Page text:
Michael Alan Taylor, Orange County Accountant, Punished For Con Game Role With Convicted Felon
|Busted deceitful OC businessmen get punished|
Facing a potential prison trip, Michael Alan Taylor of Seal Beach argued that while he worked closely with San Juan Capistrano-based swindler Carl Larue Godfrey on a series of fraud schemes that duped investors out of more than $1 million he'd been a relatively ignorant, minor player.
The U.S. Department of Justice (or, perhaps just Assistant United States Attorney Jennifer L. Waier, who habitually files documents shrouded in Top Secret, James Bond-fashion) doesn't want the public to know it's stance on Taylor's punishment.
What is known, however, is that U.S. District Court Judge James V. Selna gave Taylor--who was born in 1953 and claims he performs charity work at the City of San Bernardino Route 66 Rendezvous as well as for the American Cancer Society--a huge break by sentencing him merely to a term of probation for two years.
He'll also have to pay a $2,000 fine and at least $357,000 in restitution.
|"Sealed, not stirred..."|
Godfrey concocted the role of a wealthy, genius by falsely claiming he'd earned a master's degree in engineering and failed to tell investors that he was a convicted felon who spent time in a California prison for a prior grand theft scheme in the 1990s.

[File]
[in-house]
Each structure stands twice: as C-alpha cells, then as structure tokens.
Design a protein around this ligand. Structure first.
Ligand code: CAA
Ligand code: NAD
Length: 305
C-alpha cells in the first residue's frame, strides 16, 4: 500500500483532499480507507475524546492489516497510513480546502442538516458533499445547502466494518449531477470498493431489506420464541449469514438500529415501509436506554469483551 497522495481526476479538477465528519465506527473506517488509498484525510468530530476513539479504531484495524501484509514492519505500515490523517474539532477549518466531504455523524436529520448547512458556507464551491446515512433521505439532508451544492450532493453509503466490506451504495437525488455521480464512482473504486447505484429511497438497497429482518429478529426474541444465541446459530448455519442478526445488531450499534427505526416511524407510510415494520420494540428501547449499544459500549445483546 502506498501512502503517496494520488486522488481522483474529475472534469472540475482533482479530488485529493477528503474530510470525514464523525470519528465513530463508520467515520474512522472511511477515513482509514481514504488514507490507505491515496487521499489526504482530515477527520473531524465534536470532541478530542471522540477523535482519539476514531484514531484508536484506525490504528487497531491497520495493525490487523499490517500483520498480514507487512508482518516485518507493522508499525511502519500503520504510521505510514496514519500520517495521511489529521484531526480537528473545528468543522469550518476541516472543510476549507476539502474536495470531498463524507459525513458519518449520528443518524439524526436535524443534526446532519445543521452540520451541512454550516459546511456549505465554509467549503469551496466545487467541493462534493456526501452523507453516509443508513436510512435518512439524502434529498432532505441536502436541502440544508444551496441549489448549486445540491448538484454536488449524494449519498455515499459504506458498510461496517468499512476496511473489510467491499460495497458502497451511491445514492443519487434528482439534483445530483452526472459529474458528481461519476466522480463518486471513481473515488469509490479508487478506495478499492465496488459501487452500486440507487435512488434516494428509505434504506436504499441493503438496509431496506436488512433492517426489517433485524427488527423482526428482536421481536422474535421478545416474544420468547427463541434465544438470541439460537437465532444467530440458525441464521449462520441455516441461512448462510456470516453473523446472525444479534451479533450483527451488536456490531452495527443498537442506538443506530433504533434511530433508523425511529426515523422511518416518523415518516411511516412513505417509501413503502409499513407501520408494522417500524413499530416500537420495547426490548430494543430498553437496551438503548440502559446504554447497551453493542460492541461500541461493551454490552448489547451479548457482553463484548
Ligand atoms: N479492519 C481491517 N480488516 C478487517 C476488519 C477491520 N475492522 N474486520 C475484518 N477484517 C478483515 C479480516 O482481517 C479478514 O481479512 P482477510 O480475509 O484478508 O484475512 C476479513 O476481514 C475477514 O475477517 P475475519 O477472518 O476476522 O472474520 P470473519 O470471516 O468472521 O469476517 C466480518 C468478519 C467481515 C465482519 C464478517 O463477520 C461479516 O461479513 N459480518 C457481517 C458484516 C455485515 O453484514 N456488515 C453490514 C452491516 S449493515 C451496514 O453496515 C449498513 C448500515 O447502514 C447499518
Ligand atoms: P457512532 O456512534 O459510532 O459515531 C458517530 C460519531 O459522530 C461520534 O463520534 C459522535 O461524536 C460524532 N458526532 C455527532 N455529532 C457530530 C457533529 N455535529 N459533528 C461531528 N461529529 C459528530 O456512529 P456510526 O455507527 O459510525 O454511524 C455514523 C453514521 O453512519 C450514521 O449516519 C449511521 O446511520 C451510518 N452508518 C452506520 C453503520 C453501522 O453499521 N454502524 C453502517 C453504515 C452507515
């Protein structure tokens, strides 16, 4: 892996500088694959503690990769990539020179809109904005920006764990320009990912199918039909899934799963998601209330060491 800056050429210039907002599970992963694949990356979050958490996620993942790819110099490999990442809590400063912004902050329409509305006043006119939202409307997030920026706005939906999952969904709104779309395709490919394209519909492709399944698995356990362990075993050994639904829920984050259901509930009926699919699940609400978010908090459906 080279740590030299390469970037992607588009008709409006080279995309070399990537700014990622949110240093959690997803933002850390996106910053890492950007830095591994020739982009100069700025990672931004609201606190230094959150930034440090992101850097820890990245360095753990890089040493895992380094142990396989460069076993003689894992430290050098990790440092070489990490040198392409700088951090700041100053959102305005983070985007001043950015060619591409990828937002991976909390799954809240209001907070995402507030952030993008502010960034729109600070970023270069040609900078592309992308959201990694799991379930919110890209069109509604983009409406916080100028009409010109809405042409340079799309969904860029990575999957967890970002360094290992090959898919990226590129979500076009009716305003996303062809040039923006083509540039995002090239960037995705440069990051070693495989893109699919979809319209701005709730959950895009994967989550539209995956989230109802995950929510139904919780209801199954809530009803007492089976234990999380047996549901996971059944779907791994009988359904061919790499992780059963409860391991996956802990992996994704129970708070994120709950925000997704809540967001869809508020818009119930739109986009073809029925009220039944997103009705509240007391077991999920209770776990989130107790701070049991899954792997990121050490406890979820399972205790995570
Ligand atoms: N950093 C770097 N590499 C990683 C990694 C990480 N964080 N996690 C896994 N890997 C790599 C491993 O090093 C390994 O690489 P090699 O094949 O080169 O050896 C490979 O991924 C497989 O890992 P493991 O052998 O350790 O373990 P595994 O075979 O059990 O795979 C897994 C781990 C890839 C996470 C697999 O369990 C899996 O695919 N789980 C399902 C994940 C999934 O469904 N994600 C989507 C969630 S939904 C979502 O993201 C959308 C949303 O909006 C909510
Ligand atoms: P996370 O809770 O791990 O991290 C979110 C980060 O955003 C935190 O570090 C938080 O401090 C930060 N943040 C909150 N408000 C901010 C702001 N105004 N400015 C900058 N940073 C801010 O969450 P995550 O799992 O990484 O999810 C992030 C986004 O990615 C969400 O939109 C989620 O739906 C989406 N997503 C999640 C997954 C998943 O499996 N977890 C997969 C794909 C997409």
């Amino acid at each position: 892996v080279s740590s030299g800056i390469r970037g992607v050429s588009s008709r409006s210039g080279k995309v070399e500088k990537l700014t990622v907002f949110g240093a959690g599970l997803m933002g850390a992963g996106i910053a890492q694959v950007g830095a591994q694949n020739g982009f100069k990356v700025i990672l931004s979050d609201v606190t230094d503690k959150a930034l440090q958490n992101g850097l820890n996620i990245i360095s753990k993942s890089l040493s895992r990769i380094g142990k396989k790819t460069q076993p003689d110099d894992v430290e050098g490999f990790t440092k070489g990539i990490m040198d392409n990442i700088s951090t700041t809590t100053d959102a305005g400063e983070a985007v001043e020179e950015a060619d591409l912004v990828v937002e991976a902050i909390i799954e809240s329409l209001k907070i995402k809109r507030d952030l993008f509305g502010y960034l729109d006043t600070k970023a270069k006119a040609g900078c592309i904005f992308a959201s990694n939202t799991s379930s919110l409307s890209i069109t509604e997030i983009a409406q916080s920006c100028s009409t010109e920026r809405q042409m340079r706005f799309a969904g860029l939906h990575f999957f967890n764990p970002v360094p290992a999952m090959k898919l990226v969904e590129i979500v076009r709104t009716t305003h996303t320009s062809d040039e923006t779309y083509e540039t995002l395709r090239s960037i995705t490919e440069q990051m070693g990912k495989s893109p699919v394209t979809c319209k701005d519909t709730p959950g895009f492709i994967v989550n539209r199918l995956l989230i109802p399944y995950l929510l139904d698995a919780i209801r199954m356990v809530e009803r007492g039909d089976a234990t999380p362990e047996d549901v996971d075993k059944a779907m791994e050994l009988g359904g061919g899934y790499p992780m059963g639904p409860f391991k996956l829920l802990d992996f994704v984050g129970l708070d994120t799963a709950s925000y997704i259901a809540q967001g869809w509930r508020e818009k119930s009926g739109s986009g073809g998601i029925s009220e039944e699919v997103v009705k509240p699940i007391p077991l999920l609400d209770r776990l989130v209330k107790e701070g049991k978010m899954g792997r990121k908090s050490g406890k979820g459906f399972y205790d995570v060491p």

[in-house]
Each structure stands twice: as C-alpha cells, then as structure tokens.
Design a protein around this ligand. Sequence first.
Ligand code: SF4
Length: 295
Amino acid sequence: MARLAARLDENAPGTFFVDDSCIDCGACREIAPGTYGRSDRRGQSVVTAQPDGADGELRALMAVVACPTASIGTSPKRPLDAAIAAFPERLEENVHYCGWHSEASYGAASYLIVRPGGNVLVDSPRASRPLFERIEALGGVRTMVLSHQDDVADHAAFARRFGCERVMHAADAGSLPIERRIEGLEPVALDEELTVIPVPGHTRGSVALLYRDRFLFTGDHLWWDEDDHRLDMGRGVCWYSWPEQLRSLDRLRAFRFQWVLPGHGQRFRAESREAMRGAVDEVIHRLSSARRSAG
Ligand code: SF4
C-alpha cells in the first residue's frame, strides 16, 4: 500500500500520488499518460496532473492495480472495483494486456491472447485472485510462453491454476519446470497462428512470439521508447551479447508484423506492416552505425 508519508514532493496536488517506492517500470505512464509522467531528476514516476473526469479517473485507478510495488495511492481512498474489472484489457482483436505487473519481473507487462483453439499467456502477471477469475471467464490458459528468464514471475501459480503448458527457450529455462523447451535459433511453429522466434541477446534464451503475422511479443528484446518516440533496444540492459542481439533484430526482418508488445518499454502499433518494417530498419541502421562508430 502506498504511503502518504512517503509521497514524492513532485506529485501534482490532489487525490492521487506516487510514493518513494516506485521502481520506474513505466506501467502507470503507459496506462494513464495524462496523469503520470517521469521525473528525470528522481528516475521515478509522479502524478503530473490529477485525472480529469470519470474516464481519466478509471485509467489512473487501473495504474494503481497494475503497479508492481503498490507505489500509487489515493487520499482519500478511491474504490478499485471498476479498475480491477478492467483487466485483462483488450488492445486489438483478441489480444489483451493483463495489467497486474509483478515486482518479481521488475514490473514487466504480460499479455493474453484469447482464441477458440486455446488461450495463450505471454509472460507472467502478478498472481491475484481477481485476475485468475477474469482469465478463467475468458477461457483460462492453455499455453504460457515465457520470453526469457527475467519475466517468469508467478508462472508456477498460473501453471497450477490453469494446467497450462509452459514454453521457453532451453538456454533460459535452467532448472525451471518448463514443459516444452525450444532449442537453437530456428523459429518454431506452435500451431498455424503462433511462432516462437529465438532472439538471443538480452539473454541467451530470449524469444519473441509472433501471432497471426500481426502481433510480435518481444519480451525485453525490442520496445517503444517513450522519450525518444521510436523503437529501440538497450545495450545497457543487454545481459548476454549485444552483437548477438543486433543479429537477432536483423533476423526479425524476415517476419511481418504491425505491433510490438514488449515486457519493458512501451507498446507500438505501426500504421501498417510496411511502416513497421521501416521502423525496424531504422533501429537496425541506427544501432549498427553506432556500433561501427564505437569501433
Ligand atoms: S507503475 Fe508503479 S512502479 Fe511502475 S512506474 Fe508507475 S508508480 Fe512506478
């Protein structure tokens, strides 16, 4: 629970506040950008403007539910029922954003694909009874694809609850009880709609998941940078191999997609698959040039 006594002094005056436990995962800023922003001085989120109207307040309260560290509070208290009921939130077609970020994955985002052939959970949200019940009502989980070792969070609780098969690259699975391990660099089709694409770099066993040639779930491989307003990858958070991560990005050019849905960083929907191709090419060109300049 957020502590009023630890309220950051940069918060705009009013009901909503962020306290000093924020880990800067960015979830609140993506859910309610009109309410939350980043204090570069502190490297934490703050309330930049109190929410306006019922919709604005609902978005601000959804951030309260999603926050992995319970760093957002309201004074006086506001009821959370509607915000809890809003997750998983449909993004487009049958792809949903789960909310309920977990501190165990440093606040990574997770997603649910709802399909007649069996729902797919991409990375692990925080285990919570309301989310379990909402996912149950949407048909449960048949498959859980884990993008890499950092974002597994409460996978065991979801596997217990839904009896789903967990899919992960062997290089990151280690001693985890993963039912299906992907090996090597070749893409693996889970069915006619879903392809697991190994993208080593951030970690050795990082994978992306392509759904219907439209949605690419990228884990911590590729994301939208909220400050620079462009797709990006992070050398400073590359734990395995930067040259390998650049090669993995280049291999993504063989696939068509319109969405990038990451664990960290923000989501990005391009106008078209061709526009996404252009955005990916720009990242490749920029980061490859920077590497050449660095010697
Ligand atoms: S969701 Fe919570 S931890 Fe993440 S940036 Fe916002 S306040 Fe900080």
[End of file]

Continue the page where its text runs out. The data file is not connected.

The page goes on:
According to the indictment, Godfrey claimed he owned large tracts of property in Hawaii and got people to invest in advance of planned residential and commercial developments, but he didn't own the land.
|Godfrey: Dirty OC grandfather|
Last December, Godfrey received a punishment of 70 months of incarceration and was ordered to pay $1.98 million in restitution. He has appealed his case to the Ninth Circuit Court of Appeals and is awaiting a response at his new home: The federal prison at Lompoc. If he losses his appeal, he'll be stuck there until about April 2014.
Godfrey's tainted business entities included Safevest LLC and GTS Research, Inc. and used New York bank accounts to help dupe investors, according to government records that Waier didn't bother to seal from public view.
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